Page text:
John Wayne is one of the most recognizable figures in American movies. It may surprise many people to learn that he had been making movies for a long time before finally achieving breakout success.
Wayne first appeared as an uncredited bit player in 1926's "Brown of Harvard." He had played football in college, which suited him for the role of a Yale player in the film.
First Appearance With John Ford
Wayne's career owes a great deal to John Ford, who directed him in a number of classic films. Their first collaboration took place in 1928, in a trio of films--"Four Sons," "Mother Machree" and "Hangman's House"--which featured Wayne as an uncredited extra.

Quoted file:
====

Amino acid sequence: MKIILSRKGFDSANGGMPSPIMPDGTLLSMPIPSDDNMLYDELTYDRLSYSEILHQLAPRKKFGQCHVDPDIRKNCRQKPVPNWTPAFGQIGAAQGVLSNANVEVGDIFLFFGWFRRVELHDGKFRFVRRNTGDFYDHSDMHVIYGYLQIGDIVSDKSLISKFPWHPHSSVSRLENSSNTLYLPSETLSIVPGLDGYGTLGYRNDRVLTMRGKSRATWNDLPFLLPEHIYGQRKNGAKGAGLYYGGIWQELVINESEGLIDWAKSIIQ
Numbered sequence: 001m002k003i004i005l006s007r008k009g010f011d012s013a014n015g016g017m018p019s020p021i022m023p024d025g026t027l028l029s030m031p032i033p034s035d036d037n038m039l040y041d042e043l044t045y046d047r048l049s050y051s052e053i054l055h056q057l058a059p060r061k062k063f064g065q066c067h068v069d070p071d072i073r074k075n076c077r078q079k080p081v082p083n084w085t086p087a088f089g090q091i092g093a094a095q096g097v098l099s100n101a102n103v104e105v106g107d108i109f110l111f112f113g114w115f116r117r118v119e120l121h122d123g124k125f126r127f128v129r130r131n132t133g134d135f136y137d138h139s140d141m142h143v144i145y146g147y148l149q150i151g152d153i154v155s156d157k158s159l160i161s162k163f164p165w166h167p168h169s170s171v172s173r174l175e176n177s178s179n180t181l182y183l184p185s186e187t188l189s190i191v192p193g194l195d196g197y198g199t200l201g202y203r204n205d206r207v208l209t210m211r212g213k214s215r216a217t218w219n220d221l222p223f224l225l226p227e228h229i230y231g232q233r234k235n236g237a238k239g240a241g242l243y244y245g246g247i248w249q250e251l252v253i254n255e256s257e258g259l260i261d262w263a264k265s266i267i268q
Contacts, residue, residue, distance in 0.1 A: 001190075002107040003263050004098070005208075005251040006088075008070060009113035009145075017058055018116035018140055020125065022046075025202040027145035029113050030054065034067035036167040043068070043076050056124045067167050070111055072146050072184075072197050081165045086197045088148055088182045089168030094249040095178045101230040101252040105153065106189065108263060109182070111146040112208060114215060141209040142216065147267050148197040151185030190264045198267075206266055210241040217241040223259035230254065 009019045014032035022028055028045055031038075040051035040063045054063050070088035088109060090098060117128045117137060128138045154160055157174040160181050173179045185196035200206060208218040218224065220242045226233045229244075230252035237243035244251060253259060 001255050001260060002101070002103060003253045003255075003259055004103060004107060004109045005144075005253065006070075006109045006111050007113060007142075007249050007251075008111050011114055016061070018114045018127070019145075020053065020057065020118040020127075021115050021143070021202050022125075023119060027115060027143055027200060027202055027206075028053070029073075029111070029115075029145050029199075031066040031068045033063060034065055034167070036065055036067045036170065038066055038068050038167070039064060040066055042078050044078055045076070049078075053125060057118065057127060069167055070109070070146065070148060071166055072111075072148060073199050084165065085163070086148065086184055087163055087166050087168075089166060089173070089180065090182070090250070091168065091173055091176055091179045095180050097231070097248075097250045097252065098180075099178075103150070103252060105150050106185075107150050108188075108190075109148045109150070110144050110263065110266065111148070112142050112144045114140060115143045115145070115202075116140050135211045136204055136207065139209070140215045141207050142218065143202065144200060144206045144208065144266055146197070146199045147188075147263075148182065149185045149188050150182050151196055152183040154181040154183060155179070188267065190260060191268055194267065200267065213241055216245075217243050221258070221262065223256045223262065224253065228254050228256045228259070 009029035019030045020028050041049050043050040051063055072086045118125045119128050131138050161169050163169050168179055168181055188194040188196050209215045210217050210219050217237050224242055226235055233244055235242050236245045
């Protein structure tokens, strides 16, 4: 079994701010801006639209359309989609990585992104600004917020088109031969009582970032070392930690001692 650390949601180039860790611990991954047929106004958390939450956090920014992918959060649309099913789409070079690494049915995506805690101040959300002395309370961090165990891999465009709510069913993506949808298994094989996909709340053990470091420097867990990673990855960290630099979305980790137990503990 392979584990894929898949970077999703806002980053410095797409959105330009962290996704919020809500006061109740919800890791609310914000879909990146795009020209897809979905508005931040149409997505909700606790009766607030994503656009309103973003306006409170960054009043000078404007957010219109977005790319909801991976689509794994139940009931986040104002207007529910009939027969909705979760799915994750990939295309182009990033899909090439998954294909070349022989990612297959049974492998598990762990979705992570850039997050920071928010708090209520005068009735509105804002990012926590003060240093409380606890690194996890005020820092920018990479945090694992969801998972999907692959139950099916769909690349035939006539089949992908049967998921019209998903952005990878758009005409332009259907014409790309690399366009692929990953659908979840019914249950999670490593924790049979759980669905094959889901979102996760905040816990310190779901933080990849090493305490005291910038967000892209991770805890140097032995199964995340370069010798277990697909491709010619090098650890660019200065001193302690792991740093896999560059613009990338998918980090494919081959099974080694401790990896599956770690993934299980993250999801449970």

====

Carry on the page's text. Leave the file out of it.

The first film to give Wayne onscreen credit was "Words and Music" in 1929. He was cited as Duke Morrison. Wayne's actual name was Marion Morrison and he always preferred the nickname of Duke.
First Appearance as John Wayne
Wayne's first starring role was also the first one to use his iconic stage name: 1930's "The Big Trail." Director Raoul Walsh came up with the name for him.
The first film which cemented Wayne's status as a star was the classic "Stagecoach" in 1939. It was directed by John Ford.